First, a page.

The who, what, when, where and why of Philippine President Rodrigo Duterte’s trip to China
As Philippine President Rodrigo Duterte embarks on his four-day visit to China on Tuesday, all eyes are on whether the two countries can seize the opportunity to mend ties strained by competing claims in the resource-rich South China Sea.
Sino-Philippine relations hit rock bottom after the government led by Duterte’s predecessor, Benigno Aquino, took China to the Permanent Court of Arbitration in The Hague over their territorial dispute.
Watch: Chinese community in the Philippines has high hopes for Duterte’s China visit
The tribunal dismissed much of China’s sweeping claims to the waters but Beijing has refused to recognise the ruling.
Duterte talked tough in his campaign for president, claiming that he would personally drive a jet ski to the disputed Spratly Islands to plant the Philippine flag. But since his inauguration in June, Duterte has extended the hand of friendship to China, the Philippines’ biggest neighbour and second-largest trading partner.
Here are some key points about Duterte’s visit, the first by a Philippine president to Beijing since 2011.
What will Duterte do in Beijing?
Duterte will hold talks with President Xi Jinping on Thursday to discuss “improving bilateral ties, deepening cooperation and international and regional issues of common concern”, according to China’s foreign ministry.
The two presidents were also expected “to witness the signing of a number of memoranda of understanding and agreements on various fields of cooperation between the two countries”, the Philippine Department of Foreign Affairs said.
Duterte has said that he will use the trip to look for ways to strengthen cooperation, particularly in trade and investment.
He is also expected to meet Premier Li Keqiang and National People’s Congress chairman Zhang Dejiang.
Duterte will also visit drug rehabilitation centres and law enforcement agencies, according to Manila.
Will the South China Sea be on the agenda?
Duterte said on Sunday that he would bring up the South China Sea row during his visit to China.
“We will stick to our claim. We do not bargain anything there,” he said.
“We continue to insist what is ours, and the tribunal’s international decision will be taken up. But there will be no hard impositions. We will talk and we will, maybe, paraphrase everything in the judgment and set the limits of our territories – the special economic zones,” he said.
But a day later, Philippine Foreign Affairs Secretary Perfecto Yasay said Duterte’s trip was not the right time to discuss the dispute.
Yasay said Duterte’s trip would instead focus on building trust and increasing confidence between the two nations.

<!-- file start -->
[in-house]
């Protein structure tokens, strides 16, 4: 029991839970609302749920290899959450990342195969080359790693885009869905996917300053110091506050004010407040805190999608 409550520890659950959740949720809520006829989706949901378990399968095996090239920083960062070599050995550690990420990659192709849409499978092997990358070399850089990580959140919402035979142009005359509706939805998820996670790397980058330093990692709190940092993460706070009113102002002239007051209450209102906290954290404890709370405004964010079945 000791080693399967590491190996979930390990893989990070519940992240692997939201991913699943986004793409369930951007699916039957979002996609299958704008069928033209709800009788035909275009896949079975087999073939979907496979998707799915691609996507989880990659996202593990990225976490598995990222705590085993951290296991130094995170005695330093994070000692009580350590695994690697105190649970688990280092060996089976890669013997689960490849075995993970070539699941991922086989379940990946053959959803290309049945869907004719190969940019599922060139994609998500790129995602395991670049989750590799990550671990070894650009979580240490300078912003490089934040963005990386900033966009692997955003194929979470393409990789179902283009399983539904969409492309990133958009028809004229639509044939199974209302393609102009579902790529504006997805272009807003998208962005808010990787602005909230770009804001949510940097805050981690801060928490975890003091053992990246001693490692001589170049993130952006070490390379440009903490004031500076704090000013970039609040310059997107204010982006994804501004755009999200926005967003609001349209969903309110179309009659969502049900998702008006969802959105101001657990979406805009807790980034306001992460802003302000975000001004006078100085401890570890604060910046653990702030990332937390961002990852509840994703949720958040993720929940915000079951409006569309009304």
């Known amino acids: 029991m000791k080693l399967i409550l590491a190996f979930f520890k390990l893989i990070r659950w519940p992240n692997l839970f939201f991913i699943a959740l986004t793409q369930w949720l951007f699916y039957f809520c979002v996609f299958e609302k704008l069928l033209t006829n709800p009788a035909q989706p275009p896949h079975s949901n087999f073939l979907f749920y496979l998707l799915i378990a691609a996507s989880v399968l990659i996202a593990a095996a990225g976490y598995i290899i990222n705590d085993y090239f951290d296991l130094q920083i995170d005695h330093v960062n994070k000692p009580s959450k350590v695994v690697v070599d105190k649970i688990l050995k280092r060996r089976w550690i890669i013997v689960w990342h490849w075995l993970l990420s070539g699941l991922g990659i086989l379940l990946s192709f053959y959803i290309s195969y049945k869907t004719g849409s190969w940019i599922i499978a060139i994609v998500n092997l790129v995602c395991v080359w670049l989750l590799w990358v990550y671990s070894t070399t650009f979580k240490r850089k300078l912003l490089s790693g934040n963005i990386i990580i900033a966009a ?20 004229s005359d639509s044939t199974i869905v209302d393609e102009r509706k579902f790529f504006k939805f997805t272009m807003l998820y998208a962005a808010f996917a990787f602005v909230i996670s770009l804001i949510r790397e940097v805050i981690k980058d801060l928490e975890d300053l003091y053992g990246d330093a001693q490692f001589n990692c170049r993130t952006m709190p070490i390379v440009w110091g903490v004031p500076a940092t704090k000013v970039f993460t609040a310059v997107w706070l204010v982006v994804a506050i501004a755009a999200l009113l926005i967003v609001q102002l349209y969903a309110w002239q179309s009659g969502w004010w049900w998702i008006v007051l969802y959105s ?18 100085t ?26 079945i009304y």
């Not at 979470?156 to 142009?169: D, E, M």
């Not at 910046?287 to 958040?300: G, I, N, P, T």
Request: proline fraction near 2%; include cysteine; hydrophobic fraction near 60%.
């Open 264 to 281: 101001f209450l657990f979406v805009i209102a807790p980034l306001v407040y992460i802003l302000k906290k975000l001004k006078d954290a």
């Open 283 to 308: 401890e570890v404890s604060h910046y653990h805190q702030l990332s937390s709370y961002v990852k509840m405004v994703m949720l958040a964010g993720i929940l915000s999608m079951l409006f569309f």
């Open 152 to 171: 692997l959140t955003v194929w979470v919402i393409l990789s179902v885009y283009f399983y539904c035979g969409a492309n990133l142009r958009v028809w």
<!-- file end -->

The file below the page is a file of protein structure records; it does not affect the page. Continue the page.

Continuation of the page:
Who will be with Duterte in Beijing?
Duterte will be accompanied by up to 400 business leaders, including some of the Philippines’ wealthiest tycoons, such as San Miguel president Ramon Ang; JG Summit president Lance Gokongwei; and Enrique Razon, chairman of gaming company Bloomberry Resorts and global port operator International Container Terminal Services. Hans Sy, son of the Philippines’ richest man Henry Sy who controls SM Investments; and liquor and tobacco magnate Lucio Tan, who also owns Philippine Airlines, will also make the trip.
Philippine National Police chief Ronald dela Rosa – the enforcer of Duterte’s deadly crackdown on illegal drugs – is also part of the delegation.
What does Duterte expect to achieve from the visit?
Duterte reportedly hopes the visit will strengthen ties between the two countries.
“With this visit by President Duterte, the Philippines hopes to strengthen the bilateral ties between the Philippines and China through mutual respect and sincere cooperation for the prosperity and benefit of both countries and their peoples,” Philippine foreign affairs spokesman Charles Jose said.
Duterte also wants to expand defence cooperation with China, which could be a new source of weapons for Manila.
What does China expect to get out of the visit?
“China hopes the visit will help the two nations strengthen political trust, deepen cooperation, continue friendship, properly handle disputes, and put bilateral relations back on the right track of sound and stable development,” foreign ministry spokesman Geng Shuang said.
Warmer ties with the Philippines might also provide opportunities for the Chinese economy, particularly the newly established Asian Infrastructure Investment Bank that Beijing has backed as an alternative to the Asian Development Bank, the International Monetary Fund and other global financial institutions. Chinese companies would move aggressively to snap up any major infrastructure projects that become available, especially road and rail construction.
What has Duterte said about the visit?
Duterte has said that the visit “signals a key turning point” in the two nations’ histories.
He said he looked forward to exchanging views with China’s leaders to further improve bilateral relations.
“I will look forward to renewing the ties of friendship between the Philippines and China and to reaffirm the commitment to work closer to achieve shared goals for our countries and peoples,” he said.
Additional reporting by Bloomberg and Associated Press